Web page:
Christian Devotions

Bringing In The Sheaves

Focus verses: Psalm 126

This psalm talks of the joy of the exiles’ return to Jerusalem and prays for a restoration of fortune on top of their return home.

Harvest is a time of joy. When the crop comes in it means money in the pocket. But harvest in Israel means more than that.

Harvesting grapes for wine meant the grapes were crushed for their juice. Then the juice was set aside to ferment before being put into a new wineskin.

Harvesting grain meant that the stem was cut and the heads were winnowed to separate the grain from the chaff. Winnowing in that time meant that the heads were pounded, then tossed into the air from a wide flat basket. The grain came back down into the basket, but the chaff blew away on the breeze.

Harvesting the olives meant that the trees were beaten with sticks to shake the branches and make the olives drop. Then the olives were put into a press, much like a mill stone, where stones pressed the olive oil out of the fruit.

God’s harvest is His people. And they are also crushed and set aside, cut off and winnowed, beaten and pressed. The victory is that God is always there. And we are to rejoice even when we are being harvested.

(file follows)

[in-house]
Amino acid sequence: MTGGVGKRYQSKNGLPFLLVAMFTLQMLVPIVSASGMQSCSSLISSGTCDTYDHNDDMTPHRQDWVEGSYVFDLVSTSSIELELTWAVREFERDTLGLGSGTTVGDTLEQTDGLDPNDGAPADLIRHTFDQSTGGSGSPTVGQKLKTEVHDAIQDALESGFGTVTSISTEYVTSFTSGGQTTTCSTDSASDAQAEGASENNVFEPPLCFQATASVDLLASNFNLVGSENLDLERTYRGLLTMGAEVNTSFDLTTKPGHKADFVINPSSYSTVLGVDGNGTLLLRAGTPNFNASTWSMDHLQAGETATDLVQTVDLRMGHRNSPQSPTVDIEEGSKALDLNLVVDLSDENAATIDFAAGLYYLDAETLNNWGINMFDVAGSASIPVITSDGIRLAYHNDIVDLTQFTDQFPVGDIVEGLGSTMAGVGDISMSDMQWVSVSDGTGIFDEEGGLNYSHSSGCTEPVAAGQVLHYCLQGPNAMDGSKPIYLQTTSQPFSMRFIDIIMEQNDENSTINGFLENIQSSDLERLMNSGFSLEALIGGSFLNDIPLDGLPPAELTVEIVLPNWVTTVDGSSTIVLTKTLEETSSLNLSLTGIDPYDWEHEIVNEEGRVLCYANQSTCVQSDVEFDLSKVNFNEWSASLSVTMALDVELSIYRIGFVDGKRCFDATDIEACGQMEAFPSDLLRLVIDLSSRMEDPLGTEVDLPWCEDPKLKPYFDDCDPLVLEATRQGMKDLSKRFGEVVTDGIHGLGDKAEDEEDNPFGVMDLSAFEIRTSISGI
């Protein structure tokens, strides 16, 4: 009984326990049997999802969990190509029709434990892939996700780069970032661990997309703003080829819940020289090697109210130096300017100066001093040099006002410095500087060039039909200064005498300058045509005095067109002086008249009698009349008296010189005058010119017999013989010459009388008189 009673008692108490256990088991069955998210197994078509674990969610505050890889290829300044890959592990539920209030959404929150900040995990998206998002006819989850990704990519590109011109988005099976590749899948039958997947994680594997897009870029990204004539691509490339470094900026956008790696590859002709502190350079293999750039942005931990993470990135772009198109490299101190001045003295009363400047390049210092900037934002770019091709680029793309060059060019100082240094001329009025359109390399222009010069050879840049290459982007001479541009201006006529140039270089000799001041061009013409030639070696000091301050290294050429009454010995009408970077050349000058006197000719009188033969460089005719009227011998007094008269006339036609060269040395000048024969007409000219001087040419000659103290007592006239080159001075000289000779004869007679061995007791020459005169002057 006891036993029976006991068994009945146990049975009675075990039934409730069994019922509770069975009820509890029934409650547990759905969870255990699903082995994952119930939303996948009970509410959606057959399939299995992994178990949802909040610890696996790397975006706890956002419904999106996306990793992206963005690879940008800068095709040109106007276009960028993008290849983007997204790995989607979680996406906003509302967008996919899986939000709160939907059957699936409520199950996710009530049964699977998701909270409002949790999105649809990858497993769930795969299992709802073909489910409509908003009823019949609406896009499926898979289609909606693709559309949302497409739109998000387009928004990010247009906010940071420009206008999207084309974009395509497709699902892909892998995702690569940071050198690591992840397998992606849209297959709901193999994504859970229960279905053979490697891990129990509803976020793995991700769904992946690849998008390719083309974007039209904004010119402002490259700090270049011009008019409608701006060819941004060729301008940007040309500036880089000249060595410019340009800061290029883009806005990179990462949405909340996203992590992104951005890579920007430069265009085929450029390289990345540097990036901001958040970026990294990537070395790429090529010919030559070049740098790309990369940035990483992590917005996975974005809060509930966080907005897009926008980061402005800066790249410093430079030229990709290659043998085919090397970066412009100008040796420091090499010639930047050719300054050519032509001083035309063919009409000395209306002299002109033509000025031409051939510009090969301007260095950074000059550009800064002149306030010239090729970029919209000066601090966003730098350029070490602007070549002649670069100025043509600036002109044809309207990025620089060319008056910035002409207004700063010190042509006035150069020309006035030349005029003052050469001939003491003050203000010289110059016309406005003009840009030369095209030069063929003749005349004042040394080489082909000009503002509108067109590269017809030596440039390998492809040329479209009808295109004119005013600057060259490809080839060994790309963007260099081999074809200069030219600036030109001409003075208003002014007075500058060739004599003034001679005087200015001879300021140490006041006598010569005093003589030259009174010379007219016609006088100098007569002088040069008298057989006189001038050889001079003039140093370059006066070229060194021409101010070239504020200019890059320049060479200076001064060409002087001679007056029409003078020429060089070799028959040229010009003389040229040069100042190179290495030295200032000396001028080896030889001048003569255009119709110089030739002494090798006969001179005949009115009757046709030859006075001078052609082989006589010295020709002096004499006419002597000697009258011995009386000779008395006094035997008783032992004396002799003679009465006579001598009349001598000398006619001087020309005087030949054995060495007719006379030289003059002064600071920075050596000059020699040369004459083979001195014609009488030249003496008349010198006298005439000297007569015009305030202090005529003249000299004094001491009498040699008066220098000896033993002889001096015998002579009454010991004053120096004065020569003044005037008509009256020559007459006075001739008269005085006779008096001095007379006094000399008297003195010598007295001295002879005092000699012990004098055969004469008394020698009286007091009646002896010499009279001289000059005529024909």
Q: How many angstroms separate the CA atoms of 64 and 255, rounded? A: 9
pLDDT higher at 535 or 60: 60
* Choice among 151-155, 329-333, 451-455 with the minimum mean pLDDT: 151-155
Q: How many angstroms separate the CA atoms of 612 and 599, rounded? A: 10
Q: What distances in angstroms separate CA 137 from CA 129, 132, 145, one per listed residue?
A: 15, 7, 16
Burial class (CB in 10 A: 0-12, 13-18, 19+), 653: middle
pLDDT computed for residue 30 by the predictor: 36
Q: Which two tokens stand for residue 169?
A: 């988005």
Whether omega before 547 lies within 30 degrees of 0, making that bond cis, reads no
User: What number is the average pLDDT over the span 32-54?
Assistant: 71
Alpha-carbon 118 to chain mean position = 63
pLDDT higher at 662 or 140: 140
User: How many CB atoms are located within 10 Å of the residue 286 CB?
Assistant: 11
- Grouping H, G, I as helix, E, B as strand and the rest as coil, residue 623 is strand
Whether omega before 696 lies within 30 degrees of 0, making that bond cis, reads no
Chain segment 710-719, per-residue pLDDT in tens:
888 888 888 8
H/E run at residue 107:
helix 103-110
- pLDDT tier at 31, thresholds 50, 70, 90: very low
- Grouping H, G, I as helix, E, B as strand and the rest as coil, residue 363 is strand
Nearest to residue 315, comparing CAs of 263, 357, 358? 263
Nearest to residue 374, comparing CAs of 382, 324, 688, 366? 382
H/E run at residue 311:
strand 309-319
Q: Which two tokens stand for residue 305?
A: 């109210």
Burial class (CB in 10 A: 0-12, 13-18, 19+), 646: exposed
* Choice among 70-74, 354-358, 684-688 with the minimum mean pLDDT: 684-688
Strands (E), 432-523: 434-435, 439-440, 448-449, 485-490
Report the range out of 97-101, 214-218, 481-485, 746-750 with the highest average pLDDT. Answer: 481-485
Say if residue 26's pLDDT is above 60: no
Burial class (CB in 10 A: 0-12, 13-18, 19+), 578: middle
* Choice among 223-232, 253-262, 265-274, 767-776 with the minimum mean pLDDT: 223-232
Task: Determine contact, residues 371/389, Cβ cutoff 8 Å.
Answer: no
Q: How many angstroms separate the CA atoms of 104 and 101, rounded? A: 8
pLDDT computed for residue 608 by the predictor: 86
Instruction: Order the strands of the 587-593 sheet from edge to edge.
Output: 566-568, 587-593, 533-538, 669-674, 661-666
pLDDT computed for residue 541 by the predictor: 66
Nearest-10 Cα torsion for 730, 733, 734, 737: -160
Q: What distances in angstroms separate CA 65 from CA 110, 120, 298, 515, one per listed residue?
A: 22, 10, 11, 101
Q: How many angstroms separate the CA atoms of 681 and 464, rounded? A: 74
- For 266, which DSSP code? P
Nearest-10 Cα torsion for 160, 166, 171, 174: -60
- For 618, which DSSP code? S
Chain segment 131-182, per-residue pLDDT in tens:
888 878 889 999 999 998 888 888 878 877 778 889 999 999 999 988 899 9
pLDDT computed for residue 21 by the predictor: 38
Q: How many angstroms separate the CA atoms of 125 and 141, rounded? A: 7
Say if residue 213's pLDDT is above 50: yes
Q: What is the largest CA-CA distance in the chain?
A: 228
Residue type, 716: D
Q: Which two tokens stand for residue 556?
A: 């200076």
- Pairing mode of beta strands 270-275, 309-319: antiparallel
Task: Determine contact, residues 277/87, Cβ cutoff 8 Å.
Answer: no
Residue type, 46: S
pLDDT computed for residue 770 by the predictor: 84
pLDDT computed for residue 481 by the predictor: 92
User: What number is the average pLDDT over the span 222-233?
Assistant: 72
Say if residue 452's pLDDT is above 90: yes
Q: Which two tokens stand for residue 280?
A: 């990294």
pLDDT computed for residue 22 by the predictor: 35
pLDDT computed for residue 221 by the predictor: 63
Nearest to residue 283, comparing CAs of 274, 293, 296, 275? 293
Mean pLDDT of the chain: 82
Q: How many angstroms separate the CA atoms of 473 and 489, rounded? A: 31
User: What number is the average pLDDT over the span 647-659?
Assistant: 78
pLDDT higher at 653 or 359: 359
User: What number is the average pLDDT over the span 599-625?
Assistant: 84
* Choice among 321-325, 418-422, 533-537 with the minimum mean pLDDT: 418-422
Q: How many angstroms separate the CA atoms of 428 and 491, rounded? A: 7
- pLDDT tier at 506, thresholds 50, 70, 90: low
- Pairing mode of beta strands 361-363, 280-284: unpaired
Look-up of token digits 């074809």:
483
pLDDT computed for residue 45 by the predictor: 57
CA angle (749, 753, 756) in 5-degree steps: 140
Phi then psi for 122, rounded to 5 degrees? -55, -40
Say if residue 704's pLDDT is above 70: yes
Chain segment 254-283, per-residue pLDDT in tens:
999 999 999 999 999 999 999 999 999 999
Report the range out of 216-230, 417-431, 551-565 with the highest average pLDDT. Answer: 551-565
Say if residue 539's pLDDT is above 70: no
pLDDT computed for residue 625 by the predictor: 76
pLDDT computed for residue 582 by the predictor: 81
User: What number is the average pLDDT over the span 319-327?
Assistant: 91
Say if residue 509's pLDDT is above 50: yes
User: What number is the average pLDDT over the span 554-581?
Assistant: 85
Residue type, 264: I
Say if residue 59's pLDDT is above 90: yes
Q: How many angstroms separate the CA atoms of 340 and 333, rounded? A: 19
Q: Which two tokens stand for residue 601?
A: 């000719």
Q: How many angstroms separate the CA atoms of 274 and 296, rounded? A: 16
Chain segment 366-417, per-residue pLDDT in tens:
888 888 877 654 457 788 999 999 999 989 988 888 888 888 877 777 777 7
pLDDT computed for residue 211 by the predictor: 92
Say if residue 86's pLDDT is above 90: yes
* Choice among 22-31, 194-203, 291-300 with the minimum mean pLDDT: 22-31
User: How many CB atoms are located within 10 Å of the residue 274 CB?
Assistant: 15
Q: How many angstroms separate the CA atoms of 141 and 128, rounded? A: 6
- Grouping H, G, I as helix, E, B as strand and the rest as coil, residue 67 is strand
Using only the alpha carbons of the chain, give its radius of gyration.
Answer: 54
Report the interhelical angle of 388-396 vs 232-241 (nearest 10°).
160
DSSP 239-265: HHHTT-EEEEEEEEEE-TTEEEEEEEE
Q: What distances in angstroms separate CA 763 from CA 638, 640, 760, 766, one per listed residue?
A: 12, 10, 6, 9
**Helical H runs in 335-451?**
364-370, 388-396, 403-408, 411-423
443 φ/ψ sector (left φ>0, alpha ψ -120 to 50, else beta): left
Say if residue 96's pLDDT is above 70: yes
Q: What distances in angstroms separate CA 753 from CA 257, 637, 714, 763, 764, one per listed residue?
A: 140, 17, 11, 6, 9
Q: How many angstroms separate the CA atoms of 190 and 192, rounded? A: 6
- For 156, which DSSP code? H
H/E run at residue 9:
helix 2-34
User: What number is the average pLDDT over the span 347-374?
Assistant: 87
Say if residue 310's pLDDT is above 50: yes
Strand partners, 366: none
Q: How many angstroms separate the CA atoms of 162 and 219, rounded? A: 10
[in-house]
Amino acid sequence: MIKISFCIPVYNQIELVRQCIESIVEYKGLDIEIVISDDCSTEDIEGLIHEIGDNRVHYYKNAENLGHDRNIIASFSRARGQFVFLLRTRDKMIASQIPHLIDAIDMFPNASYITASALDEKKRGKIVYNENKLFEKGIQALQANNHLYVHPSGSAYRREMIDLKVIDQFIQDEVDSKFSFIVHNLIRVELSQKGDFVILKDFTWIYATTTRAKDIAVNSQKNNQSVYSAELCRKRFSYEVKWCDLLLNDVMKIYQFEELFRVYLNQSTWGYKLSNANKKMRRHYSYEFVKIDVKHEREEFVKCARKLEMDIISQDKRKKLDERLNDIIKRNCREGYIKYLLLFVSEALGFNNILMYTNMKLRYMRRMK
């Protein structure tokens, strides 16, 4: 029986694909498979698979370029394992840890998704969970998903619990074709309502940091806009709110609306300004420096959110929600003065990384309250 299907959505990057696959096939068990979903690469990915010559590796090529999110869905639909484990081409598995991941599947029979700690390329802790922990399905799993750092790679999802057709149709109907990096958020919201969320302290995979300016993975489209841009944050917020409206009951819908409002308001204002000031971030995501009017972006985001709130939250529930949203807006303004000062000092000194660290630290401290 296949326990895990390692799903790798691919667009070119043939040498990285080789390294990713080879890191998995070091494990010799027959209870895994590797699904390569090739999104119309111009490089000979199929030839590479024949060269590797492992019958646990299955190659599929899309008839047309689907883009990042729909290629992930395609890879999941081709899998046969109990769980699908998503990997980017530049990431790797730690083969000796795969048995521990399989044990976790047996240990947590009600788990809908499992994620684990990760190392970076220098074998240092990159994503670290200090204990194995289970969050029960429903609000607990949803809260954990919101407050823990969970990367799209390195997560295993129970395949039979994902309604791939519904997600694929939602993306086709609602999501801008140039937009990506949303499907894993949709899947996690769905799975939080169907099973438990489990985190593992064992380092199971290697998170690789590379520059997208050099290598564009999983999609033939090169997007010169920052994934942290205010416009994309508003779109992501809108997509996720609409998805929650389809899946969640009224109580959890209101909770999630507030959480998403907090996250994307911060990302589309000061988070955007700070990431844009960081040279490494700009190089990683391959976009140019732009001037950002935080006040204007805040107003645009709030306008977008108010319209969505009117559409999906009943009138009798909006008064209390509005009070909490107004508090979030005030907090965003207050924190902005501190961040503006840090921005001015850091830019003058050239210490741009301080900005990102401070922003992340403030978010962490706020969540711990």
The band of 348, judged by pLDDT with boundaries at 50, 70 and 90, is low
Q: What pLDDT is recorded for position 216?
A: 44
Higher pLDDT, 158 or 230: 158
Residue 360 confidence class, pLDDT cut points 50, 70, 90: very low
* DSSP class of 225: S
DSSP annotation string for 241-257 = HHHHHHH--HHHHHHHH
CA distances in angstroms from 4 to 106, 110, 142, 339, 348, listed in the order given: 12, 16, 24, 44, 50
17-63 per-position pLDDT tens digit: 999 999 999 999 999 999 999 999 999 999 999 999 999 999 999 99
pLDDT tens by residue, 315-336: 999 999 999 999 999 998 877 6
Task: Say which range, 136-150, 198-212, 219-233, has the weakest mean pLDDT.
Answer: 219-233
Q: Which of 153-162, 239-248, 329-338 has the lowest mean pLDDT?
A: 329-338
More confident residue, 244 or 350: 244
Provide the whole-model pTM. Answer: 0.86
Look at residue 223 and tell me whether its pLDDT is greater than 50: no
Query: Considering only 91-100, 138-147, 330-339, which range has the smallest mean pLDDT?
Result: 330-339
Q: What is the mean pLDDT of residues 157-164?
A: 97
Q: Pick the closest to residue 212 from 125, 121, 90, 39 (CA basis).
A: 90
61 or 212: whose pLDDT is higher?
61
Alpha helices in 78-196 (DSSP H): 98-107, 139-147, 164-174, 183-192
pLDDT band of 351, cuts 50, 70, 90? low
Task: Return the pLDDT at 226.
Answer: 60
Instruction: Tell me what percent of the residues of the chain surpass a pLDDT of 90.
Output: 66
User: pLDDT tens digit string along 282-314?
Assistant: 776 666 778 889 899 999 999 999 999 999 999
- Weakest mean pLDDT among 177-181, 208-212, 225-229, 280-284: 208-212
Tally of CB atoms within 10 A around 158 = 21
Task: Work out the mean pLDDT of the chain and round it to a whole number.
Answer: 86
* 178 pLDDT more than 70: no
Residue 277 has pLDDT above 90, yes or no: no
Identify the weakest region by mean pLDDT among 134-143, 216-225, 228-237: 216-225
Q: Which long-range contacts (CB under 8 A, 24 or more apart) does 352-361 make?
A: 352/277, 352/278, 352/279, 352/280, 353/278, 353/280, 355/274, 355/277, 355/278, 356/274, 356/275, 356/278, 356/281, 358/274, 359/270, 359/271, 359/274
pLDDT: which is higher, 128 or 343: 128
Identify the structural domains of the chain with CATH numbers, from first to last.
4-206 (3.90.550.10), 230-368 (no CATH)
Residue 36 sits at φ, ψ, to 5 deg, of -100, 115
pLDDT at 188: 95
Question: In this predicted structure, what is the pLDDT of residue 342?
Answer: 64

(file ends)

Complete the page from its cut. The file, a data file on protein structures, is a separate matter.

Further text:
It’s easy enough to praise the Lord when the sun is shining, the birds are singing, and we are feasting. Can we praise him during the vicious storm, when everything has taken cover, and we are cold an hungry? He is always bringing in His sheaves.

Father, God,

Help us to remember that life is not all sunshine and roses, but that You are God of all in the tempest and storm. Grant us the assurance that whatever befalls us, You are there with Your everlasting arms to surround and support us.

In Jesus’ most precious name.


Comments on: "Bringing In The Sheaves" (1)

  1. Praising GOD in all circumstances, andrea


Leave a Reply

Fill in your details below or click an icon to log in: Logo

You are commenting using your account. Log Out /  Change )

Google+ photo

You are commenting using your Google+ account. Log Out /  Change )

Twitter picture

You are commenting using your Twitter account. Log Out /  Change )

Facebook photo

You are commenting using your Facebook account. Log Out /  Change )


Connecting to %s

This site uses Akismet to reduce spam. Learn how your comment data is processed.

%d bloggers like this: